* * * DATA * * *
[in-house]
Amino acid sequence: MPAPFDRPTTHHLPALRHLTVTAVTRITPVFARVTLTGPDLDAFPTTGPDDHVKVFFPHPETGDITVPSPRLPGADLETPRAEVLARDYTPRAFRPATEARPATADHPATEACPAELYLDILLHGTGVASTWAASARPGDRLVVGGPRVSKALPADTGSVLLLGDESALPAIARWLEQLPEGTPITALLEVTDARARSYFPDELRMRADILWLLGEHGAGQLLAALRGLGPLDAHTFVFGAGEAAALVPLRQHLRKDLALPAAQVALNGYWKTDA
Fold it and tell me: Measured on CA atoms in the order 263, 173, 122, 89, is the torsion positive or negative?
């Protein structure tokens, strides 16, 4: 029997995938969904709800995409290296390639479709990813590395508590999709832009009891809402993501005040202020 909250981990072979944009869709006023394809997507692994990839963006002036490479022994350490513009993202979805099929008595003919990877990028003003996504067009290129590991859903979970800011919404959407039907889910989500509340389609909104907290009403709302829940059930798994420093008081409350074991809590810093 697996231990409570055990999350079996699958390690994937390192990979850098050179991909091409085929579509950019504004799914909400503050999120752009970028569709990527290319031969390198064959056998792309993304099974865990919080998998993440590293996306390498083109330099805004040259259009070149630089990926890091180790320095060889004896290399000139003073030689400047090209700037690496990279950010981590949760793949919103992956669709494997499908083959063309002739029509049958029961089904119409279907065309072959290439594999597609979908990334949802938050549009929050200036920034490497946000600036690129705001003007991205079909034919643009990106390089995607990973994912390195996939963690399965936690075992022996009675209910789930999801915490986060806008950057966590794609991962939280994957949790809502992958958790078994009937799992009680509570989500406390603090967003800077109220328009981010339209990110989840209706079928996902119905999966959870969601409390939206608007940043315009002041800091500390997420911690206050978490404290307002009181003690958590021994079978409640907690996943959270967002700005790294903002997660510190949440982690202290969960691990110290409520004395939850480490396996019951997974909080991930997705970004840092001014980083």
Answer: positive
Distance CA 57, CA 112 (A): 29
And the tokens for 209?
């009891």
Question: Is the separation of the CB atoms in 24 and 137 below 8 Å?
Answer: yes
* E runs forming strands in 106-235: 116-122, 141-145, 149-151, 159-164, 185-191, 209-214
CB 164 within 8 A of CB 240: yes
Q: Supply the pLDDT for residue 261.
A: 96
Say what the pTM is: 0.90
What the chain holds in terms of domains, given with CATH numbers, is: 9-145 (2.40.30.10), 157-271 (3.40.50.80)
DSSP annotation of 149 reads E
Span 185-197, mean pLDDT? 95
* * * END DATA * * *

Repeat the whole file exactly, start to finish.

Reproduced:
[in-house]
Amino acid sequence: MPAPFDRPTTHHLPALRHLTVTAVTRITPVFARVTLTGPDLDAFPTTGPDDHVKVFFPHPETGDITVPSPRLPGADLETPRAEVLARDYTPRAFRPATEARPATADHPATEACPAELYLDILLHGTGVASTWAASARPGDRLVVGGPRVSKALPADTGSVLLLGDESALPAIARWLEQLPEGTPITALLEVTDARARSYFPDELRMRADILWLLGEHGAGQLLAALRGLGPLDAHTFVFGAGEAAALVPLRQHLRKDLALPAAQVALNGYWKTDA
Fold it and tell me: Measured on CA atoms in the order 263, 173, 122, 89, is the torsion positive or negative?
């Protein structure tokens, strides 16, 4: 029997995938969904709800995409290296390639479709990813590395508590999709832009009891809402993501005040202020 909250981990072979944009869709006023394809997507692994990839963006002036490479022994350490513009993202979805099929008595003919990877990028003003996504067009290129590991859903979970800011919404959407039907889910989500509340389609909104907290009403709302829940059930798994420093008081409350074991809590810093 697996231990409570055990999350079996699958390690994937390192990979850098050179991909091409085929579509950019504004799914909400503050999120752009970028569709990527290319031969390198064959056998792309993304099974865990919080998998993440590293996306390498083109330099805004040259259009070149630089990926890091180790320095060889004896290399000139003073030689400047090209700037690496990279950010981590949760793949919103992956669709494997499908083959063309002739029509049958029961089904119409279907065309072959290439594999597609979908990334949802938050549009929050200036920034490497946000600036690129705001003007991205079909034919643009990106390089995607990973994912390195996939963690399965936690075992022996009675209910789930999801915490986060806008950057966590794609991962939280994957949790809502992958958790078994009937799992009680509570989500406390603090967003800077109220328009981010339209990110989840209706079928996902119905999966959870969601409390939206608007940043315009002041800091500390997420911690206050978490404290307002009181003690958590021994079978409640907690996943959270967002700005790294903002997660510190949440982690202290969960691990110290409520004395939850480490396996019951997974909080991930997705970004840092001014980083």
Answer: positive
Distance CA 57, CA 112 (A): 29
And the tokens for 209?
């009891």
Question: Is the separation of the CB atoms in 24 and 137 below 8 Å?
Answer: yes
* E runs forming strands in 106-235: 116-122, 141-145, 149-151, 159-164, 185-191, 209-214
CB 164 within 8 A of CB 240: yes
Q: Supply the pLDDT for residue 261.
A: 96
Say what the pTM is: 0.90
What the chain holds in terms of domains, given with CATH numbers, is: 9-145 (2.40.30.10), 157-271 (3.40.50.80)
DSSP annotation of 149 reads E
Span 185-197, mean pLDDT? 95